Although many scholars stress the importance of a civic political culture for a functioning democracy, there is little consensus about where such a culture originates. The 'bottom-up' approach argues that the civic culture has centuries-old, enduring roots that in turn shape political and economic institutions. The 'top-down' approach implies that political culture itself can be shaped by political institutions. Both schools of thought, however, stress the interrelatedness of civic behaviours; voluntary group membership, newspaper readership and voting are all expected to be high in civic cultures and low elsewhere. In contrast, this article argues that these three components of 'civicness' are differently influenced by contemporary political institutions and are therefore less interrelated than previous scholars have hypothesized. Germany and other German-speaking areas of Central Europe provide excellent cases for investigating these conflicting hypotheses about the origin of the civic community. If the 'bottom-up' approach were correct, there would be no differences in the level of civic community between the eastern and western parts of Germany and Central Europe because they were separated by the Iron Curtain for only four decades. If the 'top-down' approach were correct, 40 years of communist rule would have indeed reduced the level of civic community in eastern Germany and eastern Central Europe. Instead, the article finds marked differences in voluntary group membership across the former Iron Curtain, but much less divergence in terms of newspaper readership and voter turnout.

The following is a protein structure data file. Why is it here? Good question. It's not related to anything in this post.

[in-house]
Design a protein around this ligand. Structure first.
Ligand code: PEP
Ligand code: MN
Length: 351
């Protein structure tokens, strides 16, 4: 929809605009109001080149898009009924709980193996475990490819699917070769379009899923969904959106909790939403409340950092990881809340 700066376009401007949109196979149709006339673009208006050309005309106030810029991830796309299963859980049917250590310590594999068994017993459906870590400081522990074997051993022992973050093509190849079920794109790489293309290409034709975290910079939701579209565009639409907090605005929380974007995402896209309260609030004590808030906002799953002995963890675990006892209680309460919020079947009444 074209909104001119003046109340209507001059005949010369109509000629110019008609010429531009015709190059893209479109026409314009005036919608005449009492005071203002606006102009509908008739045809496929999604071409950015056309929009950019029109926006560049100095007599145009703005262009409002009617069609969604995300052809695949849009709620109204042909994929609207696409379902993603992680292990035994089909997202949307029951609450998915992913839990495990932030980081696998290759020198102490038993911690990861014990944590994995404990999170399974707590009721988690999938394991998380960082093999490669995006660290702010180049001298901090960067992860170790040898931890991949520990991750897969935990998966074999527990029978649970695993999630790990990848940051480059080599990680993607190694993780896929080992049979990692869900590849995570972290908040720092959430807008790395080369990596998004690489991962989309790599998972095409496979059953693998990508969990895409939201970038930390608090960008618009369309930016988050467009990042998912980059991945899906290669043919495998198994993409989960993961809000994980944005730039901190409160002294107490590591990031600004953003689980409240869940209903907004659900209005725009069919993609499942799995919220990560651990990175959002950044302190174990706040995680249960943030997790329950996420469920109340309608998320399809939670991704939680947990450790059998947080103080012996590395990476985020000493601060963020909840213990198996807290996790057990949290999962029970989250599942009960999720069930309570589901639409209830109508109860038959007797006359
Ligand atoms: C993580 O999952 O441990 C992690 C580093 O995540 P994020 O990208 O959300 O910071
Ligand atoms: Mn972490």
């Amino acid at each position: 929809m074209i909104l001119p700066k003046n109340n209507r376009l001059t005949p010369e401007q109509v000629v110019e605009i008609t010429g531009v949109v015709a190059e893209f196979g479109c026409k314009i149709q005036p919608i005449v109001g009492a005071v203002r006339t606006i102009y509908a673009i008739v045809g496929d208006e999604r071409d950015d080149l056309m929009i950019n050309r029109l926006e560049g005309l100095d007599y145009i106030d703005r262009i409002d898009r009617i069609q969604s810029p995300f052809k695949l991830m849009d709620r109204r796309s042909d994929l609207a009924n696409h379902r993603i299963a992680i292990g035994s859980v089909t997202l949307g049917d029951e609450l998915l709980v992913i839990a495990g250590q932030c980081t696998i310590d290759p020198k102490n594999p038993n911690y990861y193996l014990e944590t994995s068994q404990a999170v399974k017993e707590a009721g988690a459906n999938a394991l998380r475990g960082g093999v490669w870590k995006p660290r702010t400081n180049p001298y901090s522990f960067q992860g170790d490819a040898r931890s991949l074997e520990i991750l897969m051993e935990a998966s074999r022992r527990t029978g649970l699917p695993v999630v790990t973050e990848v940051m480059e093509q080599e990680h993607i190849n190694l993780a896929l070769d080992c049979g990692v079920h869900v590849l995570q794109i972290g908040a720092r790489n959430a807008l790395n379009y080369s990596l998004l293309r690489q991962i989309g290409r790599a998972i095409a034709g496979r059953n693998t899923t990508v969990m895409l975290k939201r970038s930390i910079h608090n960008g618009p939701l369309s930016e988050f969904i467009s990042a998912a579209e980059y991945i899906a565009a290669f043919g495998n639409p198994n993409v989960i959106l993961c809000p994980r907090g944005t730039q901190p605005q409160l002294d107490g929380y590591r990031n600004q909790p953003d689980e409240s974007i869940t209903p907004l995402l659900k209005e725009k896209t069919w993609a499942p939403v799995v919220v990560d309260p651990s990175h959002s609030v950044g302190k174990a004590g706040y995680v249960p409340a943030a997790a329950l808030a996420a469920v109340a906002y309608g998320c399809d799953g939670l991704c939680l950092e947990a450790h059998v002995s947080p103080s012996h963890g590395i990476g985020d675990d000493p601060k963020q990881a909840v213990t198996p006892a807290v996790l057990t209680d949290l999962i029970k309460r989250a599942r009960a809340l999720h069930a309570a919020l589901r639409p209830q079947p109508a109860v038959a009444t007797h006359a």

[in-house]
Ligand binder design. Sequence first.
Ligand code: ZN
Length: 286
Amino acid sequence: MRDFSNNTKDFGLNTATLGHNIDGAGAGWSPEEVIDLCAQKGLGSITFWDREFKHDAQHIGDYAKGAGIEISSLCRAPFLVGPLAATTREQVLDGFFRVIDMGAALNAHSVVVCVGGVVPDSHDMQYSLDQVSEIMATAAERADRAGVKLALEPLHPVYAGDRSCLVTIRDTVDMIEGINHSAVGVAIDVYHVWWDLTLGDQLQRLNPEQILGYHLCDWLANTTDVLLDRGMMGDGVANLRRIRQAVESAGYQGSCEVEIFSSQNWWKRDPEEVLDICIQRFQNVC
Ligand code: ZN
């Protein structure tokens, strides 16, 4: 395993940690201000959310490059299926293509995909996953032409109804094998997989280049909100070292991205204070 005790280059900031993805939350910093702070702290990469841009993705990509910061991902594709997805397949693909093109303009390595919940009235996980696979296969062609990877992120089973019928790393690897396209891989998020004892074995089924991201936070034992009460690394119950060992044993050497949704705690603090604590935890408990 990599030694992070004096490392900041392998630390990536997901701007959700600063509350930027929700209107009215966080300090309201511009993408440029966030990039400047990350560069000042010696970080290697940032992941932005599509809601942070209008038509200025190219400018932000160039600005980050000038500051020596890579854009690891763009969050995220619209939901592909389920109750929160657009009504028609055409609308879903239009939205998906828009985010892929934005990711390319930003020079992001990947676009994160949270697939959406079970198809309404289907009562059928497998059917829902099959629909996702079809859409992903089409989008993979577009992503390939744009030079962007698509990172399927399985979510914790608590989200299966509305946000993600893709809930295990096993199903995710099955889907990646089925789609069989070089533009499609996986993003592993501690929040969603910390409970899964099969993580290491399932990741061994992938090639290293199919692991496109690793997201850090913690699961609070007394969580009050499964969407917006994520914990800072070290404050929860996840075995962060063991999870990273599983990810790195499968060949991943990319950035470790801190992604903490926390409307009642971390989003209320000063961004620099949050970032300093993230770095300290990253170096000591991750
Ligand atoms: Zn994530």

- Civic community
- Civic culture
- Post-communist political culture
- Voluntary associations
ASJC Scopus subject areas
- Geography, Planning and Development
- Political Science and International Relations